Stories of Your Life and Others
by Ted Chiang
I read Ted Chiang’s Exhalation in February of 2020 and it’s a book I recommend to everyone. Shortly after finishing it, I learned that he had an older book, published in 2002, of the same concept: short stories that can only be described as mind-bending. Exhalation had ideas I still turn over in my brain today, constantly remembering and remolding them in order to keep their form fresh. I was more than ready to enter into Ted Chiang’s multiple universes once more.

Stories of Your Life and Others begins with the story of the Tower of Babylon. Hillalum has been tasked with the job of carrying supplies up to the top of the structure, a year’s journey, to complete construction of the tower at the entrance of the Vault of Heaven. Knowing that the Vault has been opened before to flood the earth, the miners consider how to make their way through to the other side without triggering another flood and destroying the town below. Hillalum alone makes his way to the other side of the Vault, with casualties among the cost of passage, and suddenly wakes up back on earth with no memory of traveling back to start. He comes across a caravan traveling across the desert on their way to Babylon, and realizes that heaven and earth are closer than he originally knew.

And then it came to him: a seal cylinder. When rolled upon a tablet of soft clay, [a] carved cylinder left an imprint that formed a picture. Two figures might appear at opposite ends of the tablet, though they stood side by side on the surface of the cylinder. All the world was such a cylinder. Men imagined heaven and earth as being the ends of a tablet, with sky and stars stretched between; yet the world was wrapped around in some fantastic way so that heaven and earth touched.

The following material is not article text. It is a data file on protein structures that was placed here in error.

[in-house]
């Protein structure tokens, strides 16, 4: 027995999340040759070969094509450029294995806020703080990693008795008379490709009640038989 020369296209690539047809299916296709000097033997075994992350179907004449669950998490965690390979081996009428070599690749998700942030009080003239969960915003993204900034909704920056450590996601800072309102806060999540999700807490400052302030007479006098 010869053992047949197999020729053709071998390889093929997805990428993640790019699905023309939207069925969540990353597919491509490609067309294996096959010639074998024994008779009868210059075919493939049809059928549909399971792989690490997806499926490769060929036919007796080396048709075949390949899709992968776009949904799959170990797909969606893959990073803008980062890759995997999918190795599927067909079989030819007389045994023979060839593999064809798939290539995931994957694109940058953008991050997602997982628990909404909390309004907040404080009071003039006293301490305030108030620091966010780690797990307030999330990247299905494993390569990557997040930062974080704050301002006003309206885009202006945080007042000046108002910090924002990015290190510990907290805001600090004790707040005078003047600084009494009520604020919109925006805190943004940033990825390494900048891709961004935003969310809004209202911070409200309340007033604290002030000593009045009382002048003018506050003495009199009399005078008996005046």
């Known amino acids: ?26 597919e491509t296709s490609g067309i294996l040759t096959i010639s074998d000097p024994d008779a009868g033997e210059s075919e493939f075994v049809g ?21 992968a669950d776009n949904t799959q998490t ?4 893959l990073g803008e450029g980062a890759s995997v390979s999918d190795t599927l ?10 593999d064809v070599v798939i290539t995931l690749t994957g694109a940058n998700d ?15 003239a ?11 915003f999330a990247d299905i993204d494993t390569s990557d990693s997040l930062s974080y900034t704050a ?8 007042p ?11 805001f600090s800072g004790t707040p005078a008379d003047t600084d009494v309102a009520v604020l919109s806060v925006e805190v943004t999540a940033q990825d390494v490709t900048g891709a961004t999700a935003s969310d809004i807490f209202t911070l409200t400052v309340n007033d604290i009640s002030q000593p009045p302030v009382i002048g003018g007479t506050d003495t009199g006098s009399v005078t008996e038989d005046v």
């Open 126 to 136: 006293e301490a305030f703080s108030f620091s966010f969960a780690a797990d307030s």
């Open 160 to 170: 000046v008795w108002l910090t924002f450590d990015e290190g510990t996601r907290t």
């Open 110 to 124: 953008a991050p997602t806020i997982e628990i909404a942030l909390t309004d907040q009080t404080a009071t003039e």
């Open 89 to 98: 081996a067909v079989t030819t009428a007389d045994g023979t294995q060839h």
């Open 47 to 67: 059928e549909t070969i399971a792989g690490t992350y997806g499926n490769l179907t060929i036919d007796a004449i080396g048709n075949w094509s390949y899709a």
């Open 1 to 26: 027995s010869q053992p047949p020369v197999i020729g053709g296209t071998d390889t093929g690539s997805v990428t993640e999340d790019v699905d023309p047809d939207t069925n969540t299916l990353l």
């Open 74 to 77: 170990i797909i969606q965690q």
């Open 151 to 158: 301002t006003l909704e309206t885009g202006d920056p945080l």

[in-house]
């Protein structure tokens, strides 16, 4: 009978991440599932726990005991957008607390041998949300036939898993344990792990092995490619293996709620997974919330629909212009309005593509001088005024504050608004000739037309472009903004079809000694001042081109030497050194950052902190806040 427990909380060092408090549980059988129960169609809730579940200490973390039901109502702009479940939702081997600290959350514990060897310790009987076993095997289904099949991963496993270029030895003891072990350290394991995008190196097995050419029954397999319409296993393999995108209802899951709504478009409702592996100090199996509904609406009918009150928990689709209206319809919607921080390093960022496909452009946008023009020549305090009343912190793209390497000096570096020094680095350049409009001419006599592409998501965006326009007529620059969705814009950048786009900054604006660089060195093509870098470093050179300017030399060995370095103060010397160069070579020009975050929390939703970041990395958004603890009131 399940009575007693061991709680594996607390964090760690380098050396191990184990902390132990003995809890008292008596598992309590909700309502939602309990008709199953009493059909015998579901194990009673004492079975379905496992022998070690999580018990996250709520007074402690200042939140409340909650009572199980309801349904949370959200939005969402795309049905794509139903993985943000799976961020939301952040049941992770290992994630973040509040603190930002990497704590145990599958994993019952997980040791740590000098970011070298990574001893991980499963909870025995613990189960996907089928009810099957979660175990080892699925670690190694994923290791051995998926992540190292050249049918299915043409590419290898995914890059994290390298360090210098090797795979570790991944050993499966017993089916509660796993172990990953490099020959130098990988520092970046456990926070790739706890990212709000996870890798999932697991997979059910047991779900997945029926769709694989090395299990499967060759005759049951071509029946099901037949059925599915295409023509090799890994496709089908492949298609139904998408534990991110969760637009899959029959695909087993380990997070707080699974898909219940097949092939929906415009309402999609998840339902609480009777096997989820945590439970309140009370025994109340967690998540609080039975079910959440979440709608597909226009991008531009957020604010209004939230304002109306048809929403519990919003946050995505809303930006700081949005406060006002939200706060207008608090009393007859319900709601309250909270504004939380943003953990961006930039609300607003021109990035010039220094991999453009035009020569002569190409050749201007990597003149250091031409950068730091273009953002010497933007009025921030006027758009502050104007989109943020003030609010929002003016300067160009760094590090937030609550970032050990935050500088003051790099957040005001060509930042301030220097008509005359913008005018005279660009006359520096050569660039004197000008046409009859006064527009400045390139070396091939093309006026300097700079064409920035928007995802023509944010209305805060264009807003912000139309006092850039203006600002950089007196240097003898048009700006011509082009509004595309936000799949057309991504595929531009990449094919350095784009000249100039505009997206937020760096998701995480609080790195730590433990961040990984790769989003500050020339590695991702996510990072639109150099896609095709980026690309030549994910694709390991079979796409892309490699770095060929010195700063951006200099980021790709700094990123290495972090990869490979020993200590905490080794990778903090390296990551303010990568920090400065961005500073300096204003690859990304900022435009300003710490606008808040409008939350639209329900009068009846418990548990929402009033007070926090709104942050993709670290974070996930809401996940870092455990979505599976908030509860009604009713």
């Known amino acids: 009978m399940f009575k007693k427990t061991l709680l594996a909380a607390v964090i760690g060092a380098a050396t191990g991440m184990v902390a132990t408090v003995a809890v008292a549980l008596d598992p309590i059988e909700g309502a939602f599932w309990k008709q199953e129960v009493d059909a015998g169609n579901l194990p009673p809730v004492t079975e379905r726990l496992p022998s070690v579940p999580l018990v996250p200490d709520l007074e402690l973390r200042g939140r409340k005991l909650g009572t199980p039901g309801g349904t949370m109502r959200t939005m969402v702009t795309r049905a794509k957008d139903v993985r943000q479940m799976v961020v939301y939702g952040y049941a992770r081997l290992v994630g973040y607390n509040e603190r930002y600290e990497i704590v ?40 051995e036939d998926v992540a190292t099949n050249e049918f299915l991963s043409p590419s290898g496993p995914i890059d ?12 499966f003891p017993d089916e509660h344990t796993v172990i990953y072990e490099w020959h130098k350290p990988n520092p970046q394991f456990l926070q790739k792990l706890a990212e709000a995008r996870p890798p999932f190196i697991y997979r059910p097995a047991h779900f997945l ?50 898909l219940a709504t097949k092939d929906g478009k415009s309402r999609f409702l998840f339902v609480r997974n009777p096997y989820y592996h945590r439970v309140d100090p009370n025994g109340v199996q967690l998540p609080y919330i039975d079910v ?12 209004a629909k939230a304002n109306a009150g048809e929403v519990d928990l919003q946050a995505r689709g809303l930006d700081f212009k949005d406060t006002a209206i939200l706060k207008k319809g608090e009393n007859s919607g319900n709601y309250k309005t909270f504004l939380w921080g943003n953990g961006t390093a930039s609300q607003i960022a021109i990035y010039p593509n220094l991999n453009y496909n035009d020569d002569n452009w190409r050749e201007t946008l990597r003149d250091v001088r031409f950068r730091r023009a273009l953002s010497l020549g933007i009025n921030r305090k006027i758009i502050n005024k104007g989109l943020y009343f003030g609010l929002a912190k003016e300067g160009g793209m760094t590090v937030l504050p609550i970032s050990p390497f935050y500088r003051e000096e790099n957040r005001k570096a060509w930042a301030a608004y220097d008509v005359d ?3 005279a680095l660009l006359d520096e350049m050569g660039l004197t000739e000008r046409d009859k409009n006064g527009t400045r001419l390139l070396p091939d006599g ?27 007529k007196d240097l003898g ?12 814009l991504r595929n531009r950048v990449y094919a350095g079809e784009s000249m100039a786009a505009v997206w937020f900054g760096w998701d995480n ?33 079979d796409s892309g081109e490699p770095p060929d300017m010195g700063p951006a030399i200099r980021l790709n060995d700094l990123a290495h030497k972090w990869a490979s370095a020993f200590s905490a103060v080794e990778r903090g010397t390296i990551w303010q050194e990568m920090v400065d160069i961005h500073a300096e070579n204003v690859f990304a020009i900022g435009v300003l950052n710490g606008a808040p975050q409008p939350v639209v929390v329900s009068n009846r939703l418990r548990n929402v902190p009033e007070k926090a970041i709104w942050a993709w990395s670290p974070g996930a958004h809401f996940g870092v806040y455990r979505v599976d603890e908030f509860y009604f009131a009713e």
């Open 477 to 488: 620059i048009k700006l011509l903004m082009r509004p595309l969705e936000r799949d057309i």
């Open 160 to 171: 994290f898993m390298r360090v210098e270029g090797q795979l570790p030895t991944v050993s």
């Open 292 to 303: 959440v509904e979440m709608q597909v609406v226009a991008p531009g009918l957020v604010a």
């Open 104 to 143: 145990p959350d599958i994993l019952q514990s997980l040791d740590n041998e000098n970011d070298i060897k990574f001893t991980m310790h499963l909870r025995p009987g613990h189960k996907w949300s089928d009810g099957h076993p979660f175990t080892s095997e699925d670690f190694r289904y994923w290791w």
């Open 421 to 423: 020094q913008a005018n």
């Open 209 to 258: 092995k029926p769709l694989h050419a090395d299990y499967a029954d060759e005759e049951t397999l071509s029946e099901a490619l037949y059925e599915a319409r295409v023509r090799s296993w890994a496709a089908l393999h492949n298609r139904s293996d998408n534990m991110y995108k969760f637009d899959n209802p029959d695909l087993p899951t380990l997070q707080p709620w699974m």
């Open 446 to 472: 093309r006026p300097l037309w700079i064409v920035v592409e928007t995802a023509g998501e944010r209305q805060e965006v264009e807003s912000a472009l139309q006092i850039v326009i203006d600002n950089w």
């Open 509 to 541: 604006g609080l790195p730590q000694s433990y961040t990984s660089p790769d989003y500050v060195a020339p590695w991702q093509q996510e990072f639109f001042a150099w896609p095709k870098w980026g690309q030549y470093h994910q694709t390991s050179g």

My capacity to think about the universe shifts, chapter one.

The common thread I found in all the chapters of Stories of Your Life and Others is the quest to disillusion yourself to accepted mores of the universe, such as:
Chiang takes these ideas, makes obvious their binary restraints, and turns them inside out.
In Hell Is the Absence of God, Neil deals with the emotional aftermath of his wife Sarah’s death, chasing angel visitations (the very ones that caused the freak accident which killed Sarah) in order to be reunited with her in the afterlife. As Neil begins his journey of grief, God, and the experience thereof, is portrayed as a checkpoint rather than an immersive experience. Others whose lives were altered by the visitations of God’s angels, in addition to Neil, enter into a holy questioning — why me? Why was my life chosen to be forever changed? And rather than living onward to find out the answer in due time, they obsess over when and where the next visitation will occur: devotion as a means to an end rather than the end in and of itself. When the next visitation occurs for these individuals, their devotion earns them only eternal depravity, an ending written by an author who is committed to the idea that virtue is not always rewarded.

And though it’s been many years that he has been in Hell, beyond the awareness of God, he loves him still. That is the nature of true devotion.

Something I appreciate about Ted Chiang’s books is that they include story notes at the end. Notes that take you outside the world of the story and into the context in which it was written, how it was inspired, in order to expand each universe even more. Though I found Seventy-Two Letters and The Evolution of Human Science a bit too esoteric and convoluted with jargon for my liking, the concepts in this book yet again opened my brain up to the possibilities of what fiction can, and should, be: expansive, delicate, and unexpected.